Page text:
While watching scenes of New York hospitals struggling to fight the COVID-19 pandemic last March, Evan Osgood knew he wanted to help out in some way. The sixteen-year-old Loveland, Ohio-native began making masks to send to healthcare workers and others in need. Realizing he would need more hands on deck in order to really make a difference, Evan decided to try to enlist as many people as possible to help out.
This led to the creation of SOS for PPE, a nonprofit organization that sends supplies necessary to make face masks and shields to anyone in the country interested in assembling them, and then distributes the assembled PPE to those in need. In less than a year, Evan has built a network of 4,000 volunteers nationwide who have made and distributed over 125,000 pieces of PPE. Along with partner organizations, SOS for PPE distributes the face masks and shields to those who need help the most, including hospitals, senior facilities, and schools.
Describe your volunteer role with SOS for PPE.
As president of the organization, I oversee the whole process — from fundraising, to managing the supply chain, to working with our partners to distribute the PPE. I also work to grow our volunteer network and partnerships. We’re a nonprofit organization that sends people free PPE assembly kits to assemble safely in the comfort of their own homes. Then we take those assembled PPE to hospitals and facilities that need them the most.
What inspired you to start this?
Back in March when COVID was just beginning to hit New York, I was turning on the news every night and seeing surreal scenes of New York hospitals, and I wanted to help. I did some research and came up with a few options to help and I decided this would be the most impactful to save lives. Initially I started by sewing masks myself. I can make eight or so masks an hour, but I realized if I really wanted to make a difference, I needed to enlist a whole bunch of people to help, and the idea of SOS for PPE was born.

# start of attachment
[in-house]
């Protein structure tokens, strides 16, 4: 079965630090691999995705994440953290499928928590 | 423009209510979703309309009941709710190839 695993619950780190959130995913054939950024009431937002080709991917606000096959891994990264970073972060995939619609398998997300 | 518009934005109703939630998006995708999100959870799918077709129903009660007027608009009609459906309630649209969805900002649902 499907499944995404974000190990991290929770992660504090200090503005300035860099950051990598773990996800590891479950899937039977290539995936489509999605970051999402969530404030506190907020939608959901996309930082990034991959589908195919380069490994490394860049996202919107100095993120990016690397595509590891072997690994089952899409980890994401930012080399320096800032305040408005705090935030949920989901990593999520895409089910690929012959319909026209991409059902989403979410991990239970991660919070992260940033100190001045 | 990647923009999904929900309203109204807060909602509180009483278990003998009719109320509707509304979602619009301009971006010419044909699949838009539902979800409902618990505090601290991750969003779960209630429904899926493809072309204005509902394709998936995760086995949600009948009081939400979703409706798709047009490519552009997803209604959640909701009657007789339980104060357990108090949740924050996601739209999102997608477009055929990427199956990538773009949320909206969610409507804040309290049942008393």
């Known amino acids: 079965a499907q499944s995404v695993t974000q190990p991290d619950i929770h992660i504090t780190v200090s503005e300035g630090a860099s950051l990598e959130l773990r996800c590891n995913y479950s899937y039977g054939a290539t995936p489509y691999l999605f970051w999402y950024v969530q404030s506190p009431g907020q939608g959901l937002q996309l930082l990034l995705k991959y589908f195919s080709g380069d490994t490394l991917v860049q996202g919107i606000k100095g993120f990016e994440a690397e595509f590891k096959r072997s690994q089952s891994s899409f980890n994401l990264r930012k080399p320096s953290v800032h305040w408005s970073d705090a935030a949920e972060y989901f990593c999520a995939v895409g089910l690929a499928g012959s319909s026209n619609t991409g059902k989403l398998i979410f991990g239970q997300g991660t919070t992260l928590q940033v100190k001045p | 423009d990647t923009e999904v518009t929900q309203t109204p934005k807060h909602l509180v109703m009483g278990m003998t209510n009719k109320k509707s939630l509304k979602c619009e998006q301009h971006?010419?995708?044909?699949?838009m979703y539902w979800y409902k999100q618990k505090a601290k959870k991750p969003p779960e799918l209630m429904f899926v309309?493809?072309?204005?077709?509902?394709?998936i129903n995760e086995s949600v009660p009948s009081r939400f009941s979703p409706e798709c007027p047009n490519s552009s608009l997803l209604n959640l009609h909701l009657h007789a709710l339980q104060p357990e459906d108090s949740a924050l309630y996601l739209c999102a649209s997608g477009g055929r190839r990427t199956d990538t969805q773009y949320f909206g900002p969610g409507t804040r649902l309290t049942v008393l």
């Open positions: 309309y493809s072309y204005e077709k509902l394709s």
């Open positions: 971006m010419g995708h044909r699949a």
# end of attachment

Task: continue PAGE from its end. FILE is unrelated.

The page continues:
Who exactly is the PPE being delivered to?
We work with our partner organizations all across the country to identify where the need is and then we send PPE to help, so whether that be hospitals, companies, senior facilities, schools, or individuals.
How does it feel for you that so many people wanted to get involved in this?
It’s been awesome. For me, the best part of volunteering is the feeling of helping someone. For example, on one of our deliveries recently, we were delivering masks to an elderly couple. I left the masks on the doormat and rang the bell. On the way back to the car, the couple answered the door, looked down, and burst into tears. They were so appreciative. They waved at me and said bless you and bless what you are doing for this community. That really hit home that every mask that’s being made has an impact on someone’s life.
What have you learned through your experiences as a volunteer?
The biggest one for me was just how effective you can be when you rally the community behind something. As one person, I could produce maybe a few masks an hour, but with the help of a volunteer network of 4,000 people, the amount of PPE we can make is insane.
What do you want people to learn from your story?
I think the fact that anyone can make a difference. I was selling masks at home and I had an idea to reach people and it worked. I think the biggest lesson there is if you have an idea, go for it.
Why do you think it’s important for others to give back?
I think that the feeling of gratification for volunteering is the most rewarding part. Knowing that you’re given back to the community and you’re making a difference is the best part of volunteering.
Do you want to make a difference in your community like Evan? Find local volunteer opportunities.